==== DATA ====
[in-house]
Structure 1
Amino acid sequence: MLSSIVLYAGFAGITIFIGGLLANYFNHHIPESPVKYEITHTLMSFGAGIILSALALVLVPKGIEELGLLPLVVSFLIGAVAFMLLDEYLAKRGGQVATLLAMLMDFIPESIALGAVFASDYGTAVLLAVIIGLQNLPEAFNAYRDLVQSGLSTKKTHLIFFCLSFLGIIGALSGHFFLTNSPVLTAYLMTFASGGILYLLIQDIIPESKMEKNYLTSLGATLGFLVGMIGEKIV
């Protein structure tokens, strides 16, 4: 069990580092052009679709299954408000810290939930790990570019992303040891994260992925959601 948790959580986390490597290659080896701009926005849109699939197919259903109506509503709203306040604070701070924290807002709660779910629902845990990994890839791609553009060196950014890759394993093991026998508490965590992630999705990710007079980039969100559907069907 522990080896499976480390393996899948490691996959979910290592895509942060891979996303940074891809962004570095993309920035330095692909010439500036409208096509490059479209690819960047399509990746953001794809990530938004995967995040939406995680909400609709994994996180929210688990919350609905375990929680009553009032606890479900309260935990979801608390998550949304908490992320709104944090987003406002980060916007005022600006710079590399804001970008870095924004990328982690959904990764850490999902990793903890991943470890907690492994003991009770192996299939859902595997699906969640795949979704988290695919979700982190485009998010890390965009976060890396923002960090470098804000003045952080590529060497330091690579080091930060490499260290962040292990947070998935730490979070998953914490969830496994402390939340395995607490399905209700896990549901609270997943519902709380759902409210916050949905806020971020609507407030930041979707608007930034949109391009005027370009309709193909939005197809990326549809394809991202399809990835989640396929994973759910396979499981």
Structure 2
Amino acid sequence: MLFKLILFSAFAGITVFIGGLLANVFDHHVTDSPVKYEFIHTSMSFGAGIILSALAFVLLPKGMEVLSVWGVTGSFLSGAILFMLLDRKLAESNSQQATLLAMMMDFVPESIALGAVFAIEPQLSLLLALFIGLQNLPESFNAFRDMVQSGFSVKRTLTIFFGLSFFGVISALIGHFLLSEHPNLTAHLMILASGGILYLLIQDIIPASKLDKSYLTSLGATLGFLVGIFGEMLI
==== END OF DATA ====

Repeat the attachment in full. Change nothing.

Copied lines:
[in-house]
Structure 1
Amino acid sequence: MLSSIVLYAGFAGITIFIGGLLANYFNHHIPESPVKYEITHTLMSFGAGIILSALALVLVPKGIEELGLLPLVVSFLIGAVAFMLLDEYLAKRGGQVATLLAMLMDFIPESIALGAVFASDYGTAVLLAVIIGLQNLPEAFNAYRDLVQSGLSTKKTHLIFFCLSFLGIIGALSGHFFLTNSPVLTAYLMTFASGGILYLLIQDIIPESKMEKNYLTSLGATLGFLVGMIGEKIV
């Protein structure tokens, strides 16, 4: 069990580092052009679709299954408000810290939930790990570019992303040891994260992925959601 948790959580986390490597290659080896701009926005849109699939197919259903109506509503709203306040604070701070924290807002709660779910629902845990990994890839791609553009060196950014890759394993093991026998508490965590992630999705990710007079980039969100559907069907 522990080896499976480390393996899948490691996959979910290592895509942060891979996303940074891809962004570095993309920035330095692909010439500036409208096509490059479209690819960047399509990746953001794809990530938004995967995040939406995680909400609709994994996180929210688990919350609905375990929680009553009032606890479900309260935990979801608390998550949304908490992320709104944090987003406002980060916007005022600006710079590399804001970008870095924004990328982690959904990764850490999902990793903890991943470890907690492994003991009770192996299939859902595997699906969640795949979704988290695919979700982190485009998010890390965009976060890396923002960090470098804000003045952080590529060497330091690579080091930060490499260290962040292990947070998935730490979070998953914490969830496994402390939340395995607490399905209700896990549901609270997943519902709380759902409210916050949905806020971020609507407030930041979707608007930034949109391009005027370009309709193909939005197809990326549809394809991202399809990835989640396929994973759910396979499981």
Structure 2
Amino acid sequence: MLFKLILFSAFAGITVFIGGLLANVFDHHVTDSPVKYEFIHTSMSFGAGIILSALAFVLLPKGMEVLSVWGVTGSFLSGAILFMLLDRKLAESNSQQATLLAMMMDFVPESIALGAVFAIEPQLSLLLALFIGLQNLPESFNAFRDMVQSGFSVKRTLTIFFGLSFFGVISALIGHFLLSEHPNLTAHLMILASGGILYLLIQDIIPASKLDKSYLTSLGATLGFLVGIFGEMLI